3) Attendance and Participation (10%)

  • Participation is strongly encouraged.
  • Late arrivals and early leavings are disruptive to your learning and the concentration of others, and will be noted as part of your participation grade.  Plan to come to class on time and stay until the class ends.
  • There are several films scheduled for the course. Some of the films are available online through the Rutgers library; others are not. Material from the films will be included in the midterm and final exam.

To do by the end of January 17th at the latest:




Schedule of Readings, Films, Quizzes and Examinations

Date Topics Exams Reading due
September 5- September 19
Some Concepts, A Bit of History, and a Guide to Reading the Texts    
September 5
Orientation and Requirements
Lecture: What is Cultural Anthropology?
  Begin reading Ancestral Lines
September 7
1) Due: “Body Ritual among the Nacirema” by Horace Miner, American Anthropologist (1956) (on reserve)
2) Continue reading Ancestral Lines
September 12
  Continue reading Ancestral Lines
September 14
Lecture: The Concept of Culture and the Nature of Cultural Systems, continued

Class Resources: Tibetan Rap and Obrafor, “Kwame Nkrumah” (1999) and Cloth

  Continue reading Ancestral Lines
September 19
Continue reading Ancestral Lines
February 2-16
Tapa Making and Environmental Activism in Papua New Guinea
September 21
Lecture: Modes of Production
Quiz 1: On Ancestral Lines
Ancestral Lines completed.

Begin reading Having People, Having Heart
September 26
Lecture: Kinship

Film: Brideprice video
Read Having People, Having Heart
September 28
Lecture: Reciprocity, Gift Exchange, and the Market
Film: “Kuo Hina E Hiapo” (2001)
  Continue reading Having People, Having Heart
October 3
Lecture: Globalization  
Continue reading Having People, Having Heart
October 5 Exam #1 Exam #1  
October 10- October 19
Development and Interdependence in Uganda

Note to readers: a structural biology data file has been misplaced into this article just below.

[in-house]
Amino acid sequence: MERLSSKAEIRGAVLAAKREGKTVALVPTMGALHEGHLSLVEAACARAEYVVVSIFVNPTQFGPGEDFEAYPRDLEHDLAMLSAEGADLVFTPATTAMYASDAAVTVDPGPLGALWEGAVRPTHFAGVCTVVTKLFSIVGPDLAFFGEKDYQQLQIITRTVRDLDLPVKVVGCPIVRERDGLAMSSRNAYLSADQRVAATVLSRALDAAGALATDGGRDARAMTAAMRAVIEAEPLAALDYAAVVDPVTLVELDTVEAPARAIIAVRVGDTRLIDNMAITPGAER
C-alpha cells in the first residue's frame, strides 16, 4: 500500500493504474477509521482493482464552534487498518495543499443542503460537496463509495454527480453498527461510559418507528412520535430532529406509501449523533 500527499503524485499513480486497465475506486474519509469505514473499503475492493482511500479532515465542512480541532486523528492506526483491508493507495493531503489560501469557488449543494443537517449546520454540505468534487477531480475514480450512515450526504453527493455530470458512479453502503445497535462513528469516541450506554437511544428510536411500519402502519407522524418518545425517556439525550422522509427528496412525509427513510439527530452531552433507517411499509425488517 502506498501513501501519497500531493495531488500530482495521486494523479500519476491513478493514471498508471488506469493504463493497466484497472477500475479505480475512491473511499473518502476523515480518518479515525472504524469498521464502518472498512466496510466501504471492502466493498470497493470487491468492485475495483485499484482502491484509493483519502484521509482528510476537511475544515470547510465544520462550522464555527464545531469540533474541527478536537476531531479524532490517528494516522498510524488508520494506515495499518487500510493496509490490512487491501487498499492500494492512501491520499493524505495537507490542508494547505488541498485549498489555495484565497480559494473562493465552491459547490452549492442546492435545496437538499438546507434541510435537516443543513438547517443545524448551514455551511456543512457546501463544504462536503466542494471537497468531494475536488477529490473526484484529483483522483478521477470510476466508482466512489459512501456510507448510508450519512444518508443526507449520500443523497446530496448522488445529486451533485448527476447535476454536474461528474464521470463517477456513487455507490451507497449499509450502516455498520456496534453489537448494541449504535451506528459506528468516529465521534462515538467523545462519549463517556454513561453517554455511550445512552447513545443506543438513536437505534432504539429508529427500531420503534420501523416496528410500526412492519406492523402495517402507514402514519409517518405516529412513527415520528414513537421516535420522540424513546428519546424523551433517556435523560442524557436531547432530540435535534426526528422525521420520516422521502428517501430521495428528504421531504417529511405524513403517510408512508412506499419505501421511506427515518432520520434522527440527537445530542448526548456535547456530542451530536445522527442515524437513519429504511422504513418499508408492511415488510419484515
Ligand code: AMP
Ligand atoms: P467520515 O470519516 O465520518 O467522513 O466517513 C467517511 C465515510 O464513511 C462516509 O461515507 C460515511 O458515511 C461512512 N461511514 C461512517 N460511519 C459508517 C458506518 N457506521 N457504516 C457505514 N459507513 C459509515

October 10 Lecture: Development Quiz 2: On Having People, Having Heart Having People, Having Heart completed
Begin reading The Pastoral Clinic
October 12
Lecture: Return to Modes of Exchange   Read The Pastoral Clinic
October 17
Lecture: Religion  
Continue reading The Pastoral Clinic
October 19
Comparing Ancestral Lines and Having People, Having Heart   Continue reading The Pastoral Clinic
October 24- November 2 Addiction in the Rio Grande
October 24
Lecture: Fieldwork, Health and Environmental Dispossession Quiz 3: The Pastoral Clinic
The Pastoral Clinic completed
Begin reading Darkness before Daybreak
October 26
Lecture: Kinship and Other Kinds of Relatedness   Read Darkness before Daybreak
October 31
Lecture: What is Care? A Comparison with Having People, Having Heart   Continue reading Darkness before Daybreak
November 2
Lecture: What to do? A Comparison with Having People, Having Heart   Continue reading Darkness before Daybreak
November 7 Exam #2 Exam #2  
November 9- November 23
Migrant Fishermen from Ghana in Italy
November 9
Lecture: Modes of Exchange, Round 3
Quiz 4: On Darkness before Daybreak
Darkness before Daybreak completed
Continue reading Girls of the Factory
November 14
Lecture: Migration and the State
  Read Girls of the Factory
November 16
Lecture: Agency and Structure: How to Survive in an Unfair World   Continue reading Girls of the Factory
November 21
Film: “Mediterranea”   Continue reading Girls of the Factory
November 23
No Class: Thanksgiving
November 28- December 7
Garment Factories in Morocco
November 28
Lecture: Fieldwork, Comparison with Darkness before Daybreak Quiz 5On Girls of the Factory
Girls of the Factory completed
November 30
Lecture: Globalization, Work and the Feminization of Factory Workers
Film: “Ouvrieres du Monde (Women Workers of the World”

December 5
Lecture: Globalization, Work and the Feminization of Factory Workers
Film: “Ouvrieres du Monde (Women Workers of the World” (continued)
December 7
Lecture: Marriage and Kinship, Health and Illness
December 12

Class Resources:
Online stopwatch
 Final Exam
Final Exam